For small to medium manufacturers seeking to boost production, create lean facilities, and stay competitive in their markets, automation is an increasingly viable option. Falling equipment prices, small and flexible cobots, and advancing technology are bringing automated manufacturing equipment into smaller facilities. What’s more, “factories that automate boring, low-paying jobs with high turnover not only stay competitive but can elevate workers to more interesting, better-paying jobs,” according to Cutting Tool Engineering.
“Even though manufacturing is one of the most highly automated industries globally, there is still significant automation potential within the four walls of manufacturing sites, as well as in related functional areas such as supply chain and procurement,” according to research by McKinsey. In fact, their research found that, globally, 64 percent of working hours spent on manufacturing-related activities are automatable.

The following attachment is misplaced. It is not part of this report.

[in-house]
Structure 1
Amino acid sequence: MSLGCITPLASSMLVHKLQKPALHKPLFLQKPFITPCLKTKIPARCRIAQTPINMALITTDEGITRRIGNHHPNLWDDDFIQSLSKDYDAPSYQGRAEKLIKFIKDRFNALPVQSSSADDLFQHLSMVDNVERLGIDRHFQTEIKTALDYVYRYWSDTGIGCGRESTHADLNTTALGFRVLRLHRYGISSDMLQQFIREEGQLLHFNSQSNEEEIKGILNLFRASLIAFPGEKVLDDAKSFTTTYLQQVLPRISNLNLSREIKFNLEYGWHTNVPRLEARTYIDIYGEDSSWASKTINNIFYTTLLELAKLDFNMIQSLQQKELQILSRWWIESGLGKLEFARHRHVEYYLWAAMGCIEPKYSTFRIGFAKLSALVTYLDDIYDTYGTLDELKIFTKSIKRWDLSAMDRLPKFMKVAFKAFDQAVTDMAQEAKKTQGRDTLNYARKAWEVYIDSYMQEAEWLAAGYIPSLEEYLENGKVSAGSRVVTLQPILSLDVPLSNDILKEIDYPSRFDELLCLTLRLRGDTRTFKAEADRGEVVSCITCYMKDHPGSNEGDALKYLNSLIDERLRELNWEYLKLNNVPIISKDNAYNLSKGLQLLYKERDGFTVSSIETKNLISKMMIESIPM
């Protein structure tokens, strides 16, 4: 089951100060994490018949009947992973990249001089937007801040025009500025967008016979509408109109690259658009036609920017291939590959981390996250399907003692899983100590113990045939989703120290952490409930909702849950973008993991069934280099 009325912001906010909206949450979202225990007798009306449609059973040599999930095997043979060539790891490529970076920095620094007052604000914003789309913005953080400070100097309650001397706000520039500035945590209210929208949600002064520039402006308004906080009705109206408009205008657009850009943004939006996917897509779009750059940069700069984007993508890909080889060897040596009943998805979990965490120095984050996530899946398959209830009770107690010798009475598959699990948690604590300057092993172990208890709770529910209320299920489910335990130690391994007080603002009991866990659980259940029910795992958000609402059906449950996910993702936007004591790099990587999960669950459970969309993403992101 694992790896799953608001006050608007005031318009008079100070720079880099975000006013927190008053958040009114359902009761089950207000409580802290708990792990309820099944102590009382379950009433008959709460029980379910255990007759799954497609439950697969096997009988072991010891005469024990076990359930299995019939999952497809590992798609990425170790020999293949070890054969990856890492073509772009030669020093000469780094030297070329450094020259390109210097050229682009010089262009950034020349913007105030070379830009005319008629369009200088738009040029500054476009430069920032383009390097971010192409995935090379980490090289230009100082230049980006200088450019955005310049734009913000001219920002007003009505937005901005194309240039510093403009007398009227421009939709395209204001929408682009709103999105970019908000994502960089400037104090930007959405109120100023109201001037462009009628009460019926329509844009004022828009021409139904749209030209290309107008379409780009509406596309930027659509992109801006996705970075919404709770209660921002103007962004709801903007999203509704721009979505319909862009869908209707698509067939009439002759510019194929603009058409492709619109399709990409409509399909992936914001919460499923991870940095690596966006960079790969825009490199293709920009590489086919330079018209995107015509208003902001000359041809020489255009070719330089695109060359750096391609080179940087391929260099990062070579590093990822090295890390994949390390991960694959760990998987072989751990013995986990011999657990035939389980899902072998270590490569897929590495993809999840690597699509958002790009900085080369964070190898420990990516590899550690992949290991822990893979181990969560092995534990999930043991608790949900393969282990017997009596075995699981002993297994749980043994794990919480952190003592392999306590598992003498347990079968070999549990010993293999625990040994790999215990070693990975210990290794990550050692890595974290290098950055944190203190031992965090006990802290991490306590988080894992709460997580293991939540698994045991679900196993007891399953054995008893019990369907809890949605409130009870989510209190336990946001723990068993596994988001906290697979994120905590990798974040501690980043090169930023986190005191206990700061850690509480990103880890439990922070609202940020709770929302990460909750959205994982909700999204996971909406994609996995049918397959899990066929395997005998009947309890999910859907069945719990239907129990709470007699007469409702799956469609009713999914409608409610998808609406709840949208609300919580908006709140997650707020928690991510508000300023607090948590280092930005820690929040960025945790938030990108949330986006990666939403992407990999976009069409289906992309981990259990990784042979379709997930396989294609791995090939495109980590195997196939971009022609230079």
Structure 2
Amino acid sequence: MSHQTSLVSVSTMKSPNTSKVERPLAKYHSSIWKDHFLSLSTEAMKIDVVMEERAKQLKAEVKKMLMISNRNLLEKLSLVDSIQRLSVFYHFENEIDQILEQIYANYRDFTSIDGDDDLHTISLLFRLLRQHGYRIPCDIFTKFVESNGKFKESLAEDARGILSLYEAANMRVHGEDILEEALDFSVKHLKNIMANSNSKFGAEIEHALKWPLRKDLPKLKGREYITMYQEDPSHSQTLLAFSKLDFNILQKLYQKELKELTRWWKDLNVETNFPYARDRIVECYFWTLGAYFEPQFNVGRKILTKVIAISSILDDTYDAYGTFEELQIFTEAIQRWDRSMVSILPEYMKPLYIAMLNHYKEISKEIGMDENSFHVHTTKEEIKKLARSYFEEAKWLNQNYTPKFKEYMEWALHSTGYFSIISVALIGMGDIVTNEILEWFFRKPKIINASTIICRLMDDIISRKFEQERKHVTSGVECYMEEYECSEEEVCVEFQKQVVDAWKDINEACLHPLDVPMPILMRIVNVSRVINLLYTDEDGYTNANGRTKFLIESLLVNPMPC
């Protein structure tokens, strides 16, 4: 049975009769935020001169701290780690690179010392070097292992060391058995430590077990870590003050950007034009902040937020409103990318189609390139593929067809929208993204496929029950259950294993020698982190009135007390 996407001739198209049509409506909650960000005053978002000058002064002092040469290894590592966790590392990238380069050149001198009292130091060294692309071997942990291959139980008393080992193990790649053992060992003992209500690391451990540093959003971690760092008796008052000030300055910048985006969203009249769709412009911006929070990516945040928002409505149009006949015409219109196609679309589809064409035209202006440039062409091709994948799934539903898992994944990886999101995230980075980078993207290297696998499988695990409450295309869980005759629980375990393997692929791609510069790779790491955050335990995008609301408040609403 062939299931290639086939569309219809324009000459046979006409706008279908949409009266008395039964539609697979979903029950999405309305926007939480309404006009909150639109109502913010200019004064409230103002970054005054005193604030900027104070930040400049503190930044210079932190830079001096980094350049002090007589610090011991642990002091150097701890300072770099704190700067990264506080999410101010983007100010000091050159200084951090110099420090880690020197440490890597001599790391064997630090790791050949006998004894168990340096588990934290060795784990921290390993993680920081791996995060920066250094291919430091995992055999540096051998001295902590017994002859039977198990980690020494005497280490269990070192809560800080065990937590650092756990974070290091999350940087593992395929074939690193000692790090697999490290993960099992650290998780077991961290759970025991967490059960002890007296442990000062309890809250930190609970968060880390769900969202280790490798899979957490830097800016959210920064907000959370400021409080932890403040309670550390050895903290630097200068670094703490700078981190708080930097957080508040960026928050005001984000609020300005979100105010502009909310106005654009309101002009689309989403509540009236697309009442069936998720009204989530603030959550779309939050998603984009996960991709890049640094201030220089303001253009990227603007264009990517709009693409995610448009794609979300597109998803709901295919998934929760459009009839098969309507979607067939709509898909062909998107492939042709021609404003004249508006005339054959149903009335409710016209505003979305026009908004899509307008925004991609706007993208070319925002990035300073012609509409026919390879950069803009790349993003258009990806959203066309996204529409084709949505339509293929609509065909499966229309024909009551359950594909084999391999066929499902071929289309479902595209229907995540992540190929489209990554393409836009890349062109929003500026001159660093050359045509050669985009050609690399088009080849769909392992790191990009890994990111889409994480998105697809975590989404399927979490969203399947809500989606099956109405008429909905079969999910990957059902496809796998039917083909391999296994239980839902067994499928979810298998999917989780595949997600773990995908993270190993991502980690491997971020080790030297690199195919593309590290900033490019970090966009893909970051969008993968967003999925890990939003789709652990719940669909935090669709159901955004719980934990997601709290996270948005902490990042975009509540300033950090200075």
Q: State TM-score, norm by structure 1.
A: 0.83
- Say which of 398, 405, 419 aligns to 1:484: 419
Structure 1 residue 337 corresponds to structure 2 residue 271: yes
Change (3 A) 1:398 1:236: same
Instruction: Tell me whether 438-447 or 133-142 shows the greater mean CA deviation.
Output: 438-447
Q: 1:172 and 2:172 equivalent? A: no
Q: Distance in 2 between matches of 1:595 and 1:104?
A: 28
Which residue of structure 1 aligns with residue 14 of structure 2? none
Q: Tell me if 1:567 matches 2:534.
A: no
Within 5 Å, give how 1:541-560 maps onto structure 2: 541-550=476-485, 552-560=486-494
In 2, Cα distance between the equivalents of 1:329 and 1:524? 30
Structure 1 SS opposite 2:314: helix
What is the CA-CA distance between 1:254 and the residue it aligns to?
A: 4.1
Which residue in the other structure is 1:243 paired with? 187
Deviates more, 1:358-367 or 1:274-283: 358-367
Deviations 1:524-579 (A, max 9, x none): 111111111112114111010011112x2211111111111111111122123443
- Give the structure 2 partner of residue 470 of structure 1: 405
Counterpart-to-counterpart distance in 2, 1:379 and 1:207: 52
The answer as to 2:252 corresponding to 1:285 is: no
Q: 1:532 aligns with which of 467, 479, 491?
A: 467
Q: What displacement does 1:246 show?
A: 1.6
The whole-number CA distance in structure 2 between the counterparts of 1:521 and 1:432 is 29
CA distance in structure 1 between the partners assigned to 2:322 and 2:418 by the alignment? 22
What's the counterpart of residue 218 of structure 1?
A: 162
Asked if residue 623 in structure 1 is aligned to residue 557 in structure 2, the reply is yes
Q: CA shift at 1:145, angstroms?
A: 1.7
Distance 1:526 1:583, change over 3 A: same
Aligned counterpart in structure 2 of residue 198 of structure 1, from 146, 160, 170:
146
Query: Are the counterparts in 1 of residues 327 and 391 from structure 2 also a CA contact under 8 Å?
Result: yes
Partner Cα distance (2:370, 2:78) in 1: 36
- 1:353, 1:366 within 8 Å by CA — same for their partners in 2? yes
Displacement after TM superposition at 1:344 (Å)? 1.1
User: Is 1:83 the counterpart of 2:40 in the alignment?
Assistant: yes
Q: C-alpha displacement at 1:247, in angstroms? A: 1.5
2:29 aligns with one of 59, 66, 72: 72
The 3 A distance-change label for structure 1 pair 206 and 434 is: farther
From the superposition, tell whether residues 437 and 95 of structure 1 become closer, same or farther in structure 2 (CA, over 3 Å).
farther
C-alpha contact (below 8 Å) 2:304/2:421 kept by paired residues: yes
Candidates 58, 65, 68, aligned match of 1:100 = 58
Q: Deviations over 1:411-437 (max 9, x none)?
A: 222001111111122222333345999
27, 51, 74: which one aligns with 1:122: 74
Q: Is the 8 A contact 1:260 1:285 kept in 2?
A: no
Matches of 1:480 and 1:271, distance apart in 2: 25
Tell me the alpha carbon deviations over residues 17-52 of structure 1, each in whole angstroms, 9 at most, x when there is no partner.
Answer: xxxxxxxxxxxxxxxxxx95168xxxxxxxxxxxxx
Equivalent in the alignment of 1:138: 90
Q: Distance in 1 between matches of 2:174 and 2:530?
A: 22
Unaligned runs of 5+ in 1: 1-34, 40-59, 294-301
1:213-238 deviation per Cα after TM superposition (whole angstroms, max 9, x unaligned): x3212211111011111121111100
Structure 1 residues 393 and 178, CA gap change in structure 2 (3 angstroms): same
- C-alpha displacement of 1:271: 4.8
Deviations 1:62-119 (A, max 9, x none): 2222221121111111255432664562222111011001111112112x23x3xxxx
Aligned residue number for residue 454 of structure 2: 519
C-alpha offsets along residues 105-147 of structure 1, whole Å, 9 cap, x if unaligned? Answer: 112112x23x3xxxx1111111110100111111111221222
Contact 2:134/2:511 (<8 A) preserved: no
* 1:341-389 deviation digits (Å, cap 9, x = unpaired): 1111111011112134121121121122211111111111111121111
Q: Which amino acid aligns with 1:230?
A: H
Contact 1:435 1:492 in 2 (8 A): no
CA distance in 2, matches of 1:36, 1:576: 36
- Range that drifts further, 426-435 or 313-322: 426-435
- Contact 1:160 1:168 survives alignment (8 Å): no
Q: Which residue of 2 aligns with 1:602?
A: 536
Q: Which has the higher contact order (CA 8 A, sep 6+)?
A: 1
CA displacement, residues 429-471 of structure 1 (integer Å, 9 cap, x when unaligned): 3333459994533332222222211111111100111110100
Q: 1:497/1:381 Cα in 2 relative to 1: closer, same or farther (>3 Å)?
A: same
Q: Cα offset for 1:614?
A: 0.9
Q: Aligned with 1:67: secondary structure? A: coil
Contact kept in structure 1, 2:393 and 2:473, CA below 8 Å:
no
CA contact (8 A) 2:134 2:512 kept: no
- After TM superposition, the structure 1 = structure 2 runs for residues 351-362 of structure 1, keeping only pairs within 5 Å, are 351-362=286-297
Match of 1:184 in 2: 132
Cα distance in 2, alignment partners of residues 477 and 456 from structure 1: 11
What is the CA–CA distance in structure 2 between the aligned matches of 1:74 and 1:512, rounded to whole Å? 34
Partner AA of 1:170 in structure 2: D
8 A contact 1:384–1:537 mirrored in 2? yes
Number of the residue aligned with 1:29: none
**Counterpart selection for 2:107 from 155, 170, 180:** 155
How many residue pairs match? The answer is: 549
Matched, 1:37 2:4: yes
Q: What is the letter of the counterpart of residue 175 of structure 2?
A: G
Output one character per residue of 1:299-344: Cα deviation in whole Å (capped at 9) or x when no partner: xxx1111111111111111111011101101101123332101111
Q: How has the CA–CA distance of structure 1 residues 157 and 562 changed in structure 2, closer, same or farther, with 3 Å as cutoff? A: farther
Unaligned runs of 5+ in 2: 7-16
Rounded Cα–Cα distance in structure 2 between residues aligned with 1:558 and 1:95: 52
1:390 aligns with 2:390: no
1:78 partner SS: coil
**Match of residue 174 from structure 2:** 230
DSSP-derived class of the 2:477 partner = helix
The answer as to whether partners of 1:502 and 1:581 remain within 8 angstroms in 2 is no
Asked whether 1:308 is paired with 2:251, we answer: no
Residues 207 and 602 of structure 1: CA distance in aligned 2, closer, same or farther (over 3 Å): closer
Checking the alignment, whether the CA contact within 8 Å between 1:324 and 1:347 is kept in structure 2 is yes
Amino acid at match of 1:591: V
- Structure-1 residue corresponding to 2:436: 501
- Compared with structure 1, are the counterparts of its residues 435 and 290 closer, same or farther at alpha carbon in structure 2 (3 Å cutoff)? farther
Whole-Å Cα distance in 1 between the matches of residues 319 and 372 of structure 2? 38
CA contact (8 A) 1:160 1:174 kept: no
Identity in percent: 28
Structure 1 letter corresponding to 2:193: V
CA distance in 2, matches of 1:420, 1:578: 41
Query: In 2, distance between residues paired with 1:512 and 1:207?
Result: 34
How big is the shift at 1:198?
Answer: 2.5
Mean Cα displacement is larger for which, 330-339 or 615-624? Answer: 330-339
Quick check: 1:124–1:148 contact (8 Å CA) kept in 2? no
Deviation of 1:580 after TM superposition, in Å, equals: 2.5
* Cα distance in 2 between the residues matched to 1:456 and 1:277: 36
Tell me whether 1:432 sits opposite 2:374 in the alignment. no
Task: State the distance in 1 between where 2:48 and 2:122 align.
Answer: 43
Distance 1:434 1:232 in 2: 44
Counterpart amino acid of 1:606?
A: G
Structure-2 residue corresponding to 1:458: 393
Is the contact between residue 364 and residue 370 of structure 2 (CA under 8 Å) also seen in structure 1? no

Purchasing custom automation equipment is unlike most other capital equipment expenditures. Capital equipment purchases are often standard “catalog” items that have been researched, developed, optimized and sold over a long period of time. These off-the-shelf products are typically designed to accommodate a wide variety of customers. The purchase experience is predictable: buy, receive, plug in, and use for the lifetime of the equipment.
How would you know if automation could ease some of your manufacturing frustrations? If you recognize any of the following six conditions, your processes could very likely benefit from a custom automation solution.
Manufacturing is an integral part of the American story. We love to hear about the hard-working, proud craftsman of the past who stretched the boundaries of what was thought possible. We see the things they built and are amazed. We appreciate how American manufacturing has evolved over the last century as new opportunities and challenges have come along. And we like to imagine where it will go in the future.